Santa Ana Population Statistics More than 21% of the population falls below the federal poverty line. More than 161,000 residents are part of the civilian workforce. As mentioned above, the city is home to the corporate and regional headquarters of many large companies. California's 10 lowest-income ZIP codes ranged from farmworker communities in Tulare and Riverside counties to impoverished urban neighborhoods in Los Angeles and Fresno counties.
The list also includes three Marine Corps stations (Twentynine Palms, Camp Pendleton and Miramar Air Station), perhaps because combat pay is not taxable. Potentially Unhealthy Lead Levels in Low-Income, Latino-Predominantly Latino Neighborhoods in Santa Ana, New Report Finds. Enayda Morales and her family arrived in the United States from Mexico five years ago, attracted by a dream to one of the largest gateways for immigrants in Southern California. Researchers Say This May Be the New Emerging Face of Poverty in U.S.
Slums. Urban poverty has traditionally been defined by abandoned homes and businesses, rising unemployment, and rampant homelessness in cities such as Cleveland; Detroit; Gary, Ind. But in a study due Monday, Santa Ana topped a list that ranks “urban hardship” among the largest cities in the country. Weighing a variety of social and economic indicators, researchers at the Nelson A.
Rockefeller concluded that Santa Ana, where most people have a roof over their heads and manufacturing jobs have been added, was the nation's hardest place to survive. As in Los Angeles and Fresno, which ranked ninth and eighth respectively on the list of difficulties, the quality of life in Santa Ana is determined by a large number of Latin American immigrants who work multiple jobs, sleep on sofas and struggle with high housing costs and lack of education. Nathan, the director of the institute, said he was surprised to see Santa Ana at the top of the list. Living in Santa Ana is difficult in large part because it's not cheap.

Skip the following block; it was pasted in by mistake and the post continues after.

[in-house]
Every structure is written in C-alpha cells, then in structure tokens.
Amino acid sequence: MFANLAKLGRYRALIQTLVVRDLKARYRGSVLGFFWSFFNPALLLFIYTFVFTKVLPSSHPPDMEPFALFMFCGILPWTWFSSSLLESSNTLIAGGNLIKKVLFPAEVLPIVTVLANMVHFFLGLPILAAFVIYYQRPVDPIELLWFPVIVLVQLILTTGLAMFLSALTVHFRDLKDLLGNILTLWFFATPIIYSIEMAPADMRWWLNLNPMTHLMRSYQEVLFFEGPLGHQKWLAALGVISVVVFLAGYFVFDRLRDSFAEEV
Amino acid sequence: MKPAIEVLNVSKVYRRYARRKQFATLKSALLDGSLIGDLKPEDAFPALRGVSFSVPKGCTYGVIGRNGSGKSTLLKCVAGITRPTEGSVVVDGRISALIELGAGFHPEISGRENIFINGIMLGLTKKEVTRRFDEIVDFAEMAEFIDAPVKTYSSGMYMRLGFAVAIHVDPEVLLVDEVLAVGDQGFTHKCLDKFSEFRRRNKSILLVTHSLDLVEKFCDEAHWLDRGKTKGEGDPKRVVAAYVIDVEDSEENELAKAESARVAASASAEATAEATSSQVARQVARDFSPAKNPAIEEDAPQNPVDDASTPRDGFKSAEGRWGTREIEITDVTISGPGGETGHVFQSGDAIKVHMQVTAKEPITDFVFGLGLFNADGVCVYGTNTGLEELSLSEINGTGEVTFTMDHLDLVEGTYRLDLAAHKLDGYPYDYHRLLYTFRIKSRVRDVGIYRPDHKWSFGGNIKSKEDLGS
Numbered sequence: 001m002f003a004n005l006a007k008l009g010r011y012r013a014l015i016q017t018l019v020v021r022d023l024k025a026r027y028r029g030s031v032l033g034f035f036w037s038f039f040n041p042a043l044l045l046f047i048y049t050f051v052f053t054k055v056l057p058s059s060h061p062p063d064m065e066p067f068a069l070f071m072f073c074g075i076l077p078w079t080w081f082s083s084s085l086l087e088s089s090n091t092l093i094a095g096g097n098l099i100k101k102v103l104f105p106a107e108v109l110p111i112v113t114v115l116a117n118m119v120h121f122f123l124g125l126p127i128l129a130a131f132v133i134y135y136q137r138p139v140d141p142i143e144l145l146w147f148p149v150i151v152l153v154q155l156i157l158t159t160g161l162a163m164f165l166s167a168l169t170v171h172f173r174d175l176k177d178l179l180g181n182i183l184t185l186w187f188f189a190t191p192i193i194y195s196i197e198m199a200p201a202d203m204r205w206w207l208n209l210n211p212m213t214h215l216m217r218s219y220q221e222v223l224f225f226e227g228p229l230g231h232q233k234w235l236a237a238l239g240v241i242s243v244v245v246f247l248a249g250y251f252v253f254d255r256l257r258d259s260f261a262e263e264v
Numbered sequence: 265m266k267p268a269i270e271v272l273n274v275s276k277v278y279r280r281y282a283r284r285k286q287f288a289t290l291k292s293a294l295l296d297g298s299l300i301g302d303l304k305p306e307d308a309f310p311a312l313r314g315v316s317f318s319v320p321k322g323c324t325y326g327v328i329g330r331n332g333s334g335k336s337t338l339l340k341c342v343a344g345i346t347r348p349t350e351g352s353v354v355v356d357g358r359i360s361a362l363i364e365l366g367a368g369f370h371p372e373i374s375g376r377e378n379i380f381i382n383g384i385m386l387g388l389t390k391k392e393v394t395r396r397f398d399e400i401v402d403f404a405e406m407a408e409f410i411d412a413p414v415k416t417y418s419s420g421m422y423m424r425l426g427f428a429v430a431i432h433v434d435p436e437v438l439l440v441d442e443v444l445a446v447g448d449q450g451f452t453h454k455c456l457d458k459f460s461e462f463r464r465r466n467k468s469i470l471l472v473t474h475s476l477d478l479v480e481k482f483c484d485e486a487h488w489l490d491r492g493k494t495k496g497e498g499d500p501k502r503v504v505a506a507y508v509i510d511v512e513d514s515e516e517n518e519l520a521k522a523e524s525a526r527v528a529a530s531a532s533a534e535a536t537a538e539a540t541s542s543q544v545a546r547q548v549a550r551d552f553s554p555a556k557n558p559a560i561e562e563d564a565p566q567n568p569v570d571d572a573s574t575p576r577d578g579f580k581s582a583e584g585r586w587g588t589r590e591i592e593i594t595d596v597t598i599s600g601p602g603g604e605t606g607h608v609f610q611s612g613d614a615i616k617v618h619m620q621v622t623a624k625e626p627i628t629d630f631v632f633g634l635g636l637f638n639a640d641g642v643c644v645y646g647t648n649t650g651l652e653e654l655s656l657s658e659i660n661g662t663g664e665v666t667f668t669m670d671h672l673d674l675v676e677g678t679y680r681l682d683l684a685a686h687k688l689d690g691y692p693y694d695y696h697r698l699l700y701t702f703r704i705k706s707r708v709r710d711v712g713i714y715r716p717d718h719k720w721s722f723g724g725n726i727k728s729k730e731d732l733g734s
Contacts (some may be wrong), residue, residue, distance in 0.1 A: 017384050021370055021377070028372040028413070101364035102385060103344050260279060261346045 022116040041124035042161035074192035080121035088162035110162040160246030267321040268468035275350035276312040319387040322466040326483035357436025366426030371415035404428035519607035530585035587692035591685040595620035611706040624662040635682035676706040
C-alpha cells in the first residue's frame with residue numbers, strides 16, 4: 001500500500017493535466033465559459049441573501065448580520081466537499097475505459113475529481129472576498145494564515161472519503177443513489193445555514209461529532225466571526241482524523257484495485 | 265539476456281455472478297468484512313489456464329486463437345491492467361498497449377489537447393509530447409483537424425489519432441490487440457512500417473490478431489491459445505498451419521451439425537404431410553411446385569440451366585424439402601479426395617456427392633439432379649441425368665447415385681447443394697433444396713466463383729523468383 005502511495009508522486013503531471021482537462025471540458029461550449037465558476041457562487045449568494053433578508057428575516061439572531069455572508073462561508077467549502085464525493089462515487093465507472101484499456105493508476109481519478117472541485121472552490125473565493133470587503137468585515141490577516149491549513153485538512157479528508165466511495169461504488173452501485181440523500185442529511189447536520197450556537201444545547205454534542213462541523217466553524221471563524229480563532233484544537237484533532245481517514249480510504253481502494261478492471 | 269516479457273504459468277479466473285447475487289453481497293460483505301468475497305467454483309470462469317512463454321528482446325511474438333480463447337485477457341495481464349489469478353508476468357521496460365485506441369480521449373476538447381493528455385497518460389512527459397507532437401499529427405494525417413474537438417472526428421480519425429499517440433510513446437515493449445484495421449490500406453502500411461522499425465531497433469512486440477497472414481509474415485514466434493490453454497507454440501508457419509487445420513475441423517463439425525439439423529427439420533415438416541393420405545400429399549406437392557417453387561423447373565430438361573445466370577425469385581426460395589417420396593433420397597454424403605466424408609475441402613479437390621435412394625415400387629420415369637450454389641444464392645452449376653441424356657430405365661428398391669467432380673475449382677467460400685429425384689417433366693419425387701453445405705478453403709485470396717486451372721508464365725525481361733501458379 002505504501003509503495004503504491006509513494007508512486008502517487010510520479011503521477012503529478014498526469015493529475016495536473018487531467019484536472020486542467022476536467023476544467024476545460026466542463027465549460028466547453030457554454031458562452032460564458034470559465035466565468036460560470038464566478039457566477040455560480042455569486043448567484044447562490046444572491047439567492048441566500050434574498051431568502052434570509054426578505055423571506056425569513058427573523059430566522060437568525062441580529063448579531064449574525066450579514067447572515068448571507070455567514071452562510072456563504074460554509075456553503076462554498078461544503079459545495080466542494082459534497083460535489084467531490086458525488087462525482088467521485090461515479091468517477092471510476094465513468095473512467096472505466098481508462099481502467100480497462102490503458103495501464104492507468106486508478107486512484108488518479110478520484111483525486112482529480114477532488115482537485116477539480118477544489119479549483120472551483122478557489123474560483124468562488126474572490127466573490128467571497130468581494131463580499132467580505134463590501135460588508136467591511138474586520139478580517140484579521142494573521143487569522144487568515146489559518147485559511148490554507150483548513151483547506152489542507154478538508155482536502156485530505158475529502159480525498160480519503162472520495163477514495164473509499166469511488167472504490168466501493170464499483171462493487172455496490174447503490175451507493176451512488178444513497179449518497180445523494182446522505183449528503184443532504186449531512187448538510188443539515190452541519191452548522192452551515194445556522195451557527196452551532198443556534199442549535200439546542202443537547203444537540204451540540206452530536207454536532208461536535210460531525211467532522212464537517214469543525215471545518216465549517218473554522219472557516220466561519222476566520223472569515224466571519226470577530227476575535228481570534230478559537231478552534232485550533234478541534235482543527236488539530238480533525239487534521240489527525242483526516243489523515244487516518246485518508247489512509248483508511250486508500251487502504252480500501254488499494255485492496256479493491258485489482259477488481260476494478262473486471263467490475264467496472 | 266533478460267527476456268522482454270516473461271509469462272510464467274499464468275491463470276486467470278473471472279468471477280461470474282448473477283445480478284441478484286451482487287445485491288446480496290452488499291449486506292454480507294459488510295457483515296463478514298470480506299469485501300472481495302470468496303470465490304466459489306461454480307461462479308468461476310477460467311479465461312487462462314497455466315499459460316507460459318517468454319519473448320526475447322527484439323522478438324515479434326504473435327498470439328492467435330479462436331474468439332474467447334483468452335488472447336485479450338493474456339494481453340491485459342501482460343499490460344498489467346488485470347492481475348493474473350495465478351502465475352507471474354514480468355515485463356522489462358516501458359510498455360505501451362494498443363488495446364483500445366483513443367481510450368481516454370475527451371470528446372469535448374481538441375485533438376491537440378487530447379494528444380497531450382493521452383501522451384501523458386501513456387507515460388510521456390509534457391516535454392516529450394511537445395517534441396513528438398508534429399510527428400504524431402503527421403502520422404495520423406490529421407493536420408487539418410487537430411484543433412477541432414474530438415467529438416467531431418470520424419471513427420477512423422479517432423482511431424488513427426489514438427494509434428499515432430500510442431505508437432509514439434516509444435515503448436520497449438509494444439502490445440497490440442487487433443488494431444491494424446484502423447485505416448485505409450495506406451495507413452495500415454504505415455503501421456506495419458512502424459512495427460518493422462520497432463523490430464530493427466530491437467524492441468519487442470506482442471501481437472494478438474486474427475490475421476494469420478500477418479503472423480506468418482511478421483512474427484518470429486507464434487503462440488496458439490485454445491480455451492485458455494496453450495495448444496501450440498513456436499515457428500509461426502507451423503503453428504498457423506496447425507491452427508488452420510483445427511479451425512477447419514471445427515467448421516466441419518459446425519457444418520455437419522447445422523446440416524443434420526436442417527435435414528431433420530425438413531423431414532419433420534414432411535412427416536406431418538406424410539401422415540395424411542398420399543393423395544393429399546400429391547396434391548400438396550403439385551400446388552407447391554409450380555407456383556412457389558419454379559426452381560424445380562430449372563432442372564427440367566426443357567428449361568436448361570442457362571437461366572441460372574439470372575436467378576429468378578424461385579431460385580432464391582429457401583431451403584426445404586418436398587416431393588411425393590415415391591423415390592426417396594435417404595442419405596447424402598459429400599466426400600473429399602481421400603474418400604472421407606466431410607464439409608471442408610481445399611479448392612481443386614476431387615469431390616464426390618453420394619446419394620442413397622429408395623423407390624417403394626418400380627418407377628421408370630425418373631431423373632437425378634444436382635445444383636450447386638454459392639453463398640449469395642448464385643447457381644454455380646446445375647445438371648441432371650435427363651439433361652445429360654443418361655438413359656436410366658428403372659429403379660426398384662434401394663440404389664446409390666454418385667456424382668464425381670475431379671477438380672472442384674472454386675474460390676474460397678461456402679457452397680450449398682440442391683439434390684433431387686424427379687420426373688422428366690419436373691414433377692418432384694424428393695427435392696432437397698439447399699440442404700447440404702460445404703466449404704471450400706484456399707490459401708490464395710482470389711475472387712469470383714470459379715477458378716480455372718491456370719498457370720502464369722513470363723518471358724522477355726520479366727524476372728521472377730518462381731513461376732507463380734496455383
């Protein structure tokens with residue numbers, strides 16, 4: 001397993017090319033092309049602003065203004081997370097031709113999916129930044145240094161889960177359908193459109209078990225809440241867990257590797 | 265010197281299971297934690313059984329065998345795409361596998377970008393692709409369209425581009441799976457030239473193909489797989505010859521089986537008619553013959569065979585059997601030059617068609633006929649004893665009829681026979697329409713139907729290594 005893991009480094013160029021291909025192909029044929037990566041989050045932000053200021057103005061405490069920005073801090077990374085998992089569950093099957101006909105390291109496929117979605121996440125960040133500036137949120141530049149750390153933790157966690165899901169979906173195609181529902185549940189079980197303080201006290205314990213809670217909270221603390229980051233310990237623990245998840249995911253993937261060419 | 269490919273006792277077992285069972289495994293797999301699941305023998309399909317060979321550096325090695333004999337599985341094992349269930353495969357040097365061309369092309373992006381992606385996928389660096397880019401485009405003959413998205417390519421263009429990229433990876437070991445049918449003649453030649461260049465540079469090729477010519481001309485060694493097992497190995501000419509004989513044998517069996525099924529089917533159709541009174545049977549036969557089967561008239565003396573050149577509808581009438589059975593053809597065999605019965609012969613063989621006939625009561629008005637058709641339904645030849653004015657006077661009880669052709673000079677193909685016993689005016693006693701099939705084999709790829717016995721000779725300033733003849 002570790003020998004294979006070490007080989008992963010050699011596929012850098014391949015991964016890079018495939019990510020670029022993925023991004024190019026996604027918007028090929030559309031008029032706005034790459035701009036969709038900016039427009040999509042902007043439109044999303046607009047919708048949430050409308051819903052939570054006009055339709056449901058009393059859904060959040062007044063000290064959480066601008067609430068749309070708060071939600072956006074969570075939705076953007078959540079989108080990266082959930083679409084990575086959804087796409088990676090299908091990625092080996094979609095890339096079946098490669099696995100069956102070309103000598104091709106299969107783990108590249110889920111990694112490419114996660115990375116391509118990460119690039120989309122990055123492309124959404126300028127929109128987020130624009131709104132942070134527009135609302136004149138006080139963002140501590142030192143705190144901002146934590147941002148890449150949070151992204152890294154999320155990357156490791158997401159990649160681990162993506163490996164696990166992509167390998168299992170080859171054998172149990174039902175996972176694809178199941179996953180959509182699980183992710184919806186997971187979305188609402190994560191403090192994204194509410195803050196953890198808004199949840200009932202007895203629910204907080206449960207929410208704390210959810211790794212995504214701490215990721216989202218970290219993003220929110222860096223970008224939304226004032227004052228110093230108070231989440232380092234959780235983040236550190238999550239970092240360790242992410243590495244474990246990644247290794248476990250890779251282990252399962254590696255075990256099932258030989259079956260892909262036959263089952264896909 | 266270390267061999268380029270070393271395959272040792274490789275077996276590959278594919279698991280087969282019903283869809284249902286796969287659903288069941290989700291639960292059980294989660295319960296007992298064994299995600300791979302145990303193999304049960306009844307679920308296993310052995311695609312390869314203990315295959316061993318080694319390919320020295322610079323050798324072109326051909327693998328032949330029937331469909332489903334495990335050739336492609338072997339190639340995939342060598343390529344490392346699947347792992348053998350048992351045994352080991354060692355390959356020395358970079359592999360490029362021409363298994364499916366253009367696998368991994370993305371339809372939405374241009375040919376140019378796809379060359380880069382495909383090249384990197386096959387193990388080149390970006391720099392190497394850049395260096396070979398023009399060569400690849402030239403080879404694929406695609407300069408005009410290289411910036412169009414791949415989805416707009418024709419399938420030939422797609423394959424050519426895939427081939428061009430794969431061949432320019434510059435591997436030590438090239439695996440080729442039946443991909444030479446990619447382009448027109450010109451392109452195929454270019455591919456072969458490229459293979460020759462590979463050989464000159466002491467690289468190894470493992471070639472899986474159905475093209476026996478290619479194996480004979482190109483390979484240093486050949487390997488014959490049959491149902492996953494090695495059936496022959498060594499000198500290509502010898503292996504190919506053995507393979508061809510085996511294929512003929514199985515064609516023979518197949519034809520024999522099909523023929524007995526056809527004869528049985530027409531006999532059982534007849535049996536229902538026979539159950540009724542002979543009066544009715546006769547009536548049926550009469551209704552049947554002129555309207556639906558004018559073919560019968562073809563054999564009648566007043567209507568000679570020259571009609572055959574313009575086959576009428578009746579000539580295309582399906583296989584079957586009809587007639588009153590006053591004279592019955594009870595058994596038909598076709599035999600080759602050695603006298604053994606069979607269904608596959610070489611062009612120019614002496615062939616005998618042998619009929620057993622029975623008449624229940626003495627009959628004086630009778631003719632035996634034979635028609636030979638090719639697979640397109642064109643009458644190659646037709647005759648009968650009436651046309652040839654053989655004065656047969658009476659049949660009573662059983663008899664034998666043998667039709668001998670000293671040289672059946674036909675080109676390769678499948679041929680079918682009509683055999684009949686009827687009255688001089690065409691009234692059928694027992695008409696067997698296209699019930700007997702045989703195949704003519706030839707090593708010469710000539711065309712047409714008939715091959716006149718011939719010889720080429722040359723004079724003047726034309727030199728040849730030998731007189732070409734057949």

Torres is among the nearly 20% of Santa Ana residents living below the federal poverty level despite an unemployment rate (6.6% in July) that was slightly higher than California's rate. Candelario Tapia, 53, knows this very well. Tapia shines shoes in downtown Santa Ana from 8 in the morning. Every night, he works four hours as a janitor.
On Saturdays and Sundays, park cars 11 hours a day. At his shoeshine stand, Tapia surrounds himself with the work of local artists he has come to know. Mexican romantic songs come out of your radio. He smiles as he talks about his long days polishing the shod well.
The yellow boundaries represent the central cities within the metropolitan area. Torres, 53, works six hours a day, six days a week handing out flyers in downtown Santa Ana for a low-cost prenatal service that serves immigrants. The impetus was a detailed investigation of the lead crisis in Santa Ana by former ThinkProgress research reporter Yvette Cabrera. The city with the highest hardship index, which evaluates factors such as unemployment, low education and income levels and density, was Santa Ana, according to data from 2000.
The Urban Institute, for example, estimates that up to a quarter of Santa Ana's population could be undocumented immigrants. In his home state of Aguascalientes, Mexico, Tapia worked long hours as a bus driver, earning much less money than him after 14 years in Santa Ana. For the research series, Cabrera found hazardous lead levels after analyzing more than 1,000 soil samples from homes and other public areas around Santa Ana. They may have three or four jobs to survive, but they are employed, said Patti Nunn, the city's economic development manager, who notes that 1,200 new jobs have been added to Santa Ana's central industrial zone in the past four years.